Read says the tendency of colonial countries to remove indigenous children has deep roots in the practices of the British Empire. A report about indigenous residential schools presented to the UN drew a similar conclusion.
“Relocation of children is a pretty old aspect of British history. British kids were moved out of London to build up the colonies. They need some labour. There’s too many kids in London, they’re the future delinquents, let’s get rid of them, take them out to the colonies. They did the same thing with convicts. The year convict exports ended in 1860s in Western Australia, the very next year was the year children started to be exported in large numbers. There was a labour part, but it’s very significant. It’s not an uncommon British practice to clear kids out for a variety of reasons.”
“You can see it clearly in the Northern Territory where the girls were being removed in order to be house girls, domestic servants, the boys were being removed to be cattle workers.”
Read believes there needs to be a deeper understanding of the connection between the colonial past and the Stolen Generations.
In Australia, as in Canada, what happened to the Stolen Generations is now included in the history books and school curriculum, rolling back an ignorance that has hidden the impact on indigenous people.
“That’s the big breakthrough as I look back now. So much of our terrible Aboriginal history is still argued about. But the Stolen Generations has made it to the national consciousness, the national imagination, and most importantly the national curriculum. Basically it’s like the First World War – it’s part of our curriculum, it’s part of our history. Even the federal government doesn’t argue anymore that it shouldn’t be on the curriculum.”
New Zealand is only now starting to officially recognise the New Zealand Wars of the 1860s, with a new national annual commemoration as the result of a petition by Otorohanga College students.
But recognising that the removal of children and their abuse in state institutions might be part of the same narrative is a long way off. The subject of abuse in state welfare institutions has only recently gained renewed public attention in the media. But the prevalence of Māori in those institutions is treated as a peripheral issue.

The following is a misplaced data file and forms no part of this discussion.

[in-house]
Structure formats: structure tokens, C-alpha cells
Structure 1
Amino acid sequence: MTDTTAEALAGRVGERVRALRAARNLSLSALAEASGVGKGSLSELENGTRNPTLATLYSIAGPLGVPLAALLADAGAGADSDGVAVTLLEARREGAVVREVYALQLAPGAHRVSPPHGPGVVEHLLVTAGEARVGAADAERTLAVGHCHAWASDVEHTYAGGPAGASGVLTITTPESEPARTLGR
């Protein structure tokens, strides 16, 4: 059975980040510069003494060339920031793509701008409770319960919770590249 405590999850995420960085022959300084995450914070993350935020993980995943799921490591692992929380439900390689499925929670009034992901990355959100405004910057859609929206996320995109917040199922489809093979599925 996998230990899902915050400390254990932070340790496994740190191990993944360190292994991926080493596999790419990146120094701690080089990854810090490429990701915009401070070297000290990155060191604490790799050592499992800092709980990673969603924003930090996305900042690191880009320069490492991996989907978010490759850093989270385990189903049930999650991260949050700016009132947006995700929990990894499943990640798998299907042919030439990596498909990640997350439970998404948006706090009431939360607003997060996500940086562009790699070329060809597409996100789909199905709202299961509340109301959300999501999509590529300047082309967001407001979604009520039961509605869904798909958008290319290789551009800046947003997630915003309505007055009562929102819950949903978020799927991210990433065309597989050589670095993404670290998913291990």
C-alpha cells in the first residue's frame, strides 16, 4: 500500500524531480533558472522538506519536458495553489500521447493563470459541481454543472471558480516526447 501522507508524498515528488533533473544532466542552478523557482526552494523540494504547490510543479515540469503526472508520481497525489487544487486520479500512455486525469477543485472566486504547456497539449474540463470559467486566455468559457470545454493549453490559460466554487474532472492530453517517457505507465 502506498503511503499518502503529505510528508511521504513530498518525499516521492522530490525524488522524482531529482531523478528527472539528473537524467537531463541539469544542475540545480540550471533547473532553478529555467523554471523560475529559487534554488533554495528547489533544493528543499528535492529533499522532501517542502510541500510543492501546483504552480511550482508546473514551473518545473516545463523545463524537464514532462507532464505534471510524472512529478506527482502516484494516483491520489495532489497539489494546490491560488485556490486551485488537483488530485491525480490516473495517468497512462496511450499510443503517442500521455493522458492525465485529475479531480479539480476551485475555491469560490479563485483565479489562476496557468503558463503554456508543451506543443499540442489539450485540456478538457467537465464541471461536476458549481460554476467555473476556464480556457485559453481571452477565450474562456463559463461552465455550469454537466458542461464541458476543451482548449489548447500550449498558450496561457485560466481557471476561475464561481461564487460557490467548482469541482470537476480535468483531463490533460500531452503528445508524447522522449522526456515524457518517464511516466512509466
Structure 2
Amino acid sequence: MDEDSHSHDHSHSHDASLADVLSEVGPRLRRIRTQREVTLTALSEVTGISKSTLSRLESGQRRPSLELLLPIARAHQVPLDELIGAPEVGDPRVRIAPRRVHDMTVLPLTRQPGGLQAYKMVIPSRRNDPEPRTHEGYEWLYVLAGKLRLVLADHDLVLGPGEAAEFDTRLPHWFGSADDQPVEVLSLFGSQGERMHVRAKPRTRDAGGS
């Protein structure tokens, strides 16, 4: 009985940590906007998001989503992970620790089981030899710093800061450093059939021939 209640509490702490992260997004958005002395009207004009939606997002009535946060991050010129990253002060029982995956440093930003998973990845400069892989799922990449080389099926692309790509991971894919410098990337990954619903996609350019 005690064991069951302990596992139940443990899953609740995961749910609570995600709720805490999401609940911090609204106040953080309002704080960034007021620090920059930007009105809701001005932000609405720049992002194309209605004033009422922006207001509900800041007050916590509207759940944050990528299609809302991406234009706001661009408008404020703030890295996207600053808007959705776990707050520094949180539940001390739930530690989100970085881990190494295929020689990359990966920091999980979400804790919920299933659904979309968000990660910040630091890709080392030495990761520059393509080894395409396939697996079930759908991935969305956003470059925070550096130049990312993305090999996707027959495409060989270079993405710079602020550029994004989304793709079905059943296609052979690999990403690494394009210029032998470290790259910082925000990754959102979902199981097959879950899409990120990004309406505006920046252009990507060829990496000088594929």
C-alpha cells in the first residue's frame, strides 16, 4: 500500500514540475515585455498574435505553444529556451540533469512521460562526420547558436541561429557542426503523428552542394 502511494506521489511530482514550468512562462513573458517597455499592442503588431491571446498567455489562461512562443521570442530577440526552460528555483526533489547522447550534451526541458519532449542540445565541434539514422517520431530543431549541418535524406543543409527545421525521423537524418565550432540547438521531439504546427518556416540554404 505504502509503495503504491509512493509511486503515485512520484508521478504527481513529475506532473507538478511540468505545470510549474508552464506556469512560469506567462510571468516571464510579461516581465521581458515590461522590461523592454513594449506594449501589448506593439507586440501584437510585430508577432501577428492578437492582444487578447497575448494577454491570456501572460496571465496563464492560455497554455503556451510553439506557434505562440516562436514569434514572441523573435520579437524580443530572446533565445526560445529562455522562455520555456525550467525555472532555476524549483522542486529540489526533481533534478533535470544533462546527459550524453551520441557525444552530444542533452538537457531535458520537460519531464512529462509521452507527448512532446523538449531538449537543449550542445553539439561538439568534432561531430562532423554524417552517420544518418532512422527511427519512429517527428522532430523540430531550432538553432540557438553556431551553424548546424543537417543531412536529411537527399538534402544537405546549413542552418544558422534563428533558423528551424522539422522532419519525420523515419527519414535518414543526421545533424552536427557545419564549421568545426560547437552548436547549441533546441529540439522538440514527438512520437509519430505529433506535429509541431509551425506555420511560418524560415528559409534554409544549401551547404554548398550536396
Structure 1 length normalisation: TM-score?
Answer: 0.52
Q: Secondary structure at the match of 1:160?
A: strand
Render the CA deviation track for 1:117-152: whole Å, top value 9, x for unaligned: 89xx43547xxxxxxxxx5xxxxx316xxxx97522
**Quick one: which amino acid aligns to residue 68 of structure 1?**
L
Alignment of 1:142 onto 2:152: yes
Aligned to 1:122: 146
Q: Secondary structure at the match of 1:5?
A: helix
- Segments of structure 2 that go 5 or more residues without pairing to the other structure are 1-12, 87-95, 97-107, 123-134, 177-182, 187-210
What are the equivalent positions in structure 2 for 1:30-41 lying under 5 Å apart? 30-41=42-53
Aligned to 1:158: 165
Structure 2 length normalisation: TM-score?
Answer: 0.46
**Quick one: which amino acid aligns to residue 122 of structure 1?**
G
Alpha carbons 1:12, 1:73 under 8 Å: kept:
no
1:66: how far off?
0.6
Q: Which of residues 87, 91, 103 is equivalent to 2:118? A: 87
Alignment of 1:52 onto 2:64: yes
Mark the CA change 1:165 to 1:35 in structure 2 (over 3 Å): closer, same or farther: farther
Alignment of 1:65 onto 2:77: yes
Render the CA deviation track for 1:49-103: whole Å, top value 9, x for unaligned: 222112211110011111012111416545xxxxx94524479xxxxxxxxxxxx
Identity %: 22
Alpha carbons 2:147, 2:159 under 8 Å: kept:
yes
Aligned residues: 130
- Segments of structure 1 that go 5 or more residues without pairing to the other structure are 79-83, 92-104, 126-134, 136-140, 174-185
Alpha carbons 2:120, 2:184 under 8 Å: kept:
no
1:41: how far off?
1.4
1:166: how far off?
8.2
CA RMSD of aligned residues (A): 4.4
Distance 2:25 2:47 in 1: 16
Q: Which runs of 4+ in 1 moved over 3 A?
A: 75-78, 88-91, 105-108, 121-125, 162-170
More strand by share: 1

Read says recent immigrants to Australia from volatile parts of the world can be dismissive of indigenous rights.
“If you talk to a lot of non-Anglo Australian [migrants] they’ll say, ‘we’ve been invaded 12 times, what’s wrong with you, get on with your lives.’ But I think everyone agrees that it’s not right to have your children taken off you for an ideological reason. On that one everyone can agree.”
In fact, everyone has agreed. The UN definition of genocide includes acts intended to destroy a group. One of those acts is described in Article 2e: “Forcibly transferring children of the group to another group.”
Cree Canadian lawyer Wilton Littlechild has worked in various UN forums for 40 years and says countries that grew out of colonisation are extremely reluctant to acknowledge this aspect of the genocide definition because they know they are exposed. He says some people are more comfortable qualifying the term by calling it cultural genocide, but he says in some ways this dodges the question.
“Was it or is it genocide? We’re told, ‘well yours wasn’t genocide because they didn’t have these outright killings, you weren’t shot to death, butchered.’ But in some cases people argue it’s just as bad, it’s a slower death, a psychological death through these policies, which is still at the end of the day applicable under the definition of genocide. But we’re not quite there yet. I don’t sense personally we’re there yet.”
Tauli-Corpuz says the institutional abuse that indigenous children have suffered contributes to the appalling statistics that plague indigenous peoples throughout the world.
“There needs to be a lot more research and analysis done. At least from what I have seen, where children have been systematically taken that is where you see these kinds of results: high youth suicides, disproportionate representation in the jails, even violence against women and children. These are some of the consequences.”
In August, New Zealand appeared before the UN’s Committee on the Eradication of Racial Discrimination. The committee expressed alarm about the abuse of Māori children in state institutions and called for the New Zealand government to “immediately set up and empower an independent commission of inquiry into abuse of children and adults with disabilities in state care from 1950 until 1990, with the authority to determine redress, rehabilitation and reparations for victims, including an apology from the State.”
Feature image: Joan Baker, daughter of Ruby Williams who was taken from her family at three years of age, watching the live televsion broadcast from Australian Parliament in Canberra as Australian Prime Minister Kevin Rudd delivered an apology to the Aboriginal people for injustices committed over two centuries of white settlement on February 13, 2008 in Sydney, Australia.
Aaron Smale @ikon_media
A version of this story also appears on AlJazeera.com
Join The Spinoff Members for as little as $1 to help us continue our work and cover the stories that matter. Get a free Toby Morris-designed tea towel when you contribute $80 or more over a year.
The Spinoff Weekly compiles the best stories of the week – an essential guide to modern life in New Zealand, emailed out on Monday evenings.